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Rethinking Expertise by Harry Collins
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Rethinking Expertise

by Harry Collins, Robert Evans

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I pondered a long time whether or not I should read this book. In retrospect, I think I made the wrong choice in deciding to read it. I was disappointed by the way the argument is structured. The authors begin in chapters 1 and 2 with a "periodic table of expertise". There's nothing periodic about it and its logic seemed confused to me. But even so, the discussion that follows in chapters 3 and 4 provides a reasonable review of various types of knowledge, with particular emphasis on the "interactional expertise" that trumps everyday knowledge but falls short of "contributory expertise".

The concept of interactional expertise is indeed interesting. However, I couldn't understand why the authors wanted to connect it to things like "embodiment", deafness, color blindness or perfect pitch in later parts of the book. I think they stray too far from scientific expertise into vague domains like social psychology. Chapter 5 on demarcating science from non-science also seemed quite naive. I don't think Wittgenstein's linguistic idea of family resemblance can be a satisfactory demarcation criterion, and the authors' obscure conceptualization of science as a "form of life" certainly does more harm than good.

For the most part this book is clearly written and the authors have obviously put a great deal of work into it. The problem is that they steer their work in an uninteresting direction. I would have like to see a much greater emphasis on political questions and on "meta-expertise". Instead the authors work the concept of "interactional expertise" towards more psychological questions, which simply didn't interest me at all.
  thcson | Mar 7, 2014 |
Collins and Evans put their points vividly, with elegant language and diagrams. They admit that there is more to technological decision-making than "sorting out the appropriate groups of experts" and that they are only addressing the technical phase of public controversies. They modestly claim to be only setting "the ball rolling".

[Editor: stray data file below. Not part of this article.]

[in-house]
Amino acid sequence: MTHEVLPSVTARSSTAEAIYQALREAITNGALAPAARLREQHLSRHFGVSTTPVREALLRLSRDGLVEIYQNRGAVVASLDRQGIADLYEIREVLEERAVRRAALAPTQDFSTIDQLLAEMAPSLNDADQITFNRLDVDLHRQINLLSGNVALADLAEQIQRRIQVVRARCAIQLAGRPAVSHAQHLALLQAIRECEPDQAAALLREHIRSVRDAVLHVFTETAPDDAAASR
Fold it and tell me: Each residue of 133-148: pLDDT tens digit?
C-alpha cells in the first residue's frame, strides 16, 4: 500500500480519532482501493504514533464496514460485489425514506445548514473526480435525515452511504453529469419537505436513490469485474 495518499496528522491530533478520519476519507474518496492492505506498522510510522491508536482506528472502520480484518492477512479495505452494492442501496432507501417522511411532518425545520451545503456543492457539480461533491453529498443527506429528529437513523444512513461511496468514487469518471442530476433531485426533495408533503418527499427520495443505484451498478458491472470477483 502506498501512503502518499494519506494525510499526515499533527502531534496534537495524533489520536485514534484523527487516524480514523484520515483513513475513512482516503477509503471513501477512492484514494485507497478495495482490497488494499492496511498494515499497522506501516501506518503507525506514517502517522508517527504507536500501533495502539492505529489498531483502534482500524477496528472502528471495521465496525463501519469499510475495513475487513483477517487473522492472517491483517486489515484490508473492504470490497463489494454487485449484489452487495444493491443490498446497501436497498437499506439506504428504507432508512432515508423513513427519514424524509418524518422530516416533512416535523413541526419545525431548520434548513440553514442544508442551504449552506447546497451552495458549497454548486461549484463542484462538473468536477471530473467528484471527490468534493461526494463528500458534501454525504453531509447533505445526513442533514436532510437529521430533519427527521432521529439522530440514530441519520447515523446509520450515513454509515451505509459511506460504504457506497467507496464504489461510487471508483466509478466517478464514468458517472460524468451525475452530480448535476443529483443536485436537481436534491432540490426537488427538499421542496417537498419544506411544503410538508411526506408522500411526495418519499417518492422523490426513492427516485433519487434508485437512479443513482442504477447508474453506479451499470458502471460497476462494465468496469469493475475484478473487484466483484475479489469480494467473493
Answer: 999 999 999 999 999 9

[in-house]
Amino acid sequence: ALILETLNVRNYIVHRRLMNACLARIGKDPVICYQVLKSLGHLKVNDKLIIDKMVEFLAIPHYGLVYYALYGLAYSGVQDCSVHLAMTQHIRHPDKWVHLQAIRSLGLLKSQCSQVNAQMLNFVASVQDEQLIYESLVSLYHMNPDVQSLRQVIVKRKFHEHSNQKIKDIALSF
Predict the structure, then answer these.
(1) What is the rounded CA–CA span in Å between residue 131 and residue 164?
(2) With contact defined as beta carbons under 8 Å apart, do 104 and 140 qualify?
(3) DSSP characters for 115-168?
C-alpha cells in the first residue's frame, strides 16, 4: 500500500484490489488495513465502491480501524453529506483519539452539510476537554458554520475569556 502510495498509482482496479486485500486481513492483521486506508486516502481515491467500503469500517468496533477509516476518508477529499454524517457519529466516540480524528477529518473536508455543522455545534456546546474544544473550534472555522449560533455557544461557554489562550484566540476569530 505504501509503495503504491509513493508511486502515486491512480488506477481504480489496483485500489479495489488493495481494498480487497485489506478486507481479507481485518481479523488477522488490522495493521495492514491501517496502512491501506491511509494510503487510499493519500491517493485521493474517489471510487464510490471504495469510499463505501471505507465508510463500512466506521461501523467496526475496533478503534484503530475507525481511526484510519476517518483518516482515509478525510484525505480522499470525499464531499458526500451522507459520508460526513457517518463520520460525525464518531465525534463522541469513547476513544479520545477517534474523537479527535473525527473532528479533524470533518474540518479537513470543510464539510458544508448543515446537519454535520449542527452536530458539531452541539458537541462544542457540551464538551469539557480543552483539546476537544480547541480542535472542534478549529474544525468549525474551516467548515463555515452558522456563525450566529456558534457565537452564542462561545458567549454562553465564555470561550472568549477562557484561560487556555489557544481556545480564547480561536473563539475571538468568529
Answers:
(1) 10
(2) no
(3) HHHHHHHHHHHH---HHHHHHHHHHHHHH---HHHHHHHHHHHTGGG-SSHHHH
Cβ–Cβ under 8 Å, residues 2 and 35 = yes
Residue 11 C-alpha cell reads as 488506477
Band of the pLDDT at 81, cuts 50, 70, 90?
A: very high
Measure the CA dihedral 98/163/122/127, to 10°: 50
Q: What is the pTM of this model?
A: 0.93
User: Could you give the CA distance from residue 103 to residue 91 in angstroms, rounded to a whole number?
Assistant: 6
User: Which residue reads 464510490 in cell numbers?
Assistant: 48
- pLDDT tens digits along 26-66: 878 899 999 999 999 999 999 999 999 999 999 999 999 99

Their book starts to lay the groundwork for solving a critical problem — how to restore the force of technical scientific information in public controversies, without importing disguised political agendas.
added by jlelliott | editNature, Robert Crease (pay site) (Nov 15, 2007)
 

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Evans, Robertmain authorall editionsconfirmed
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Amazon.com Product Description (ISBN 0226113612, Paperback)

What does it mean to be an expert? In Rethinking Expertise, Harry Collins and Robert Evans offer a radical new perspective on the role of expertise in the practice of science and the public evaluation of technology.

Collins and Evans present a Periodic Table of Expertises based on the idea of tacit knowledge—knowledge that we have but cannot explain. They then look at how some expertises are used to judge others, how laypeople judge between experts, and how credentials are used to evaluate them. Throughout, Collins and Evans ask an important question: how can the public make use of science and technology before there is consensus in the scientific community? This book has wide implications for public policy and for those who seek to understand science and benefit from it.

 

“Starts to lay the groundwork for solving a critical problem—how to restore the force of technical scientific information in public controversies, without importing disguised political agendas.”—Nature

 

“A rich and detailed ‘periodic table’ of expertise . . . full of case studies, anecdotes and intriguing experiments.”—Times Higher Education Supplement (UK)

 

 

(retrieved from Amazon Thu, 12 Mar 2015 18:13:50 -0400)

(see all 2 descriptions)

What does it mean to be an expert? In Rethinking Expertise, Harry Collins and Robert Evans offer a radical new perspective on the role of expertise in the practice of science and the public evaluation of technology. Collins and Evans present a Periodic Table of Expertises based on the idea of tacit knowledge?knowledge that we have but cannot explain. They then look at how some expertises are used to judge others, how laypeople judge between experts, and how credentials are used to evaluate them. Throughout, Collins and Evans ask an important question: how can the public make use of science and technology before there is consensus in the scientific community? This book has wide implications for public policy and for those who seek to understand science and benefit from it.… (more)

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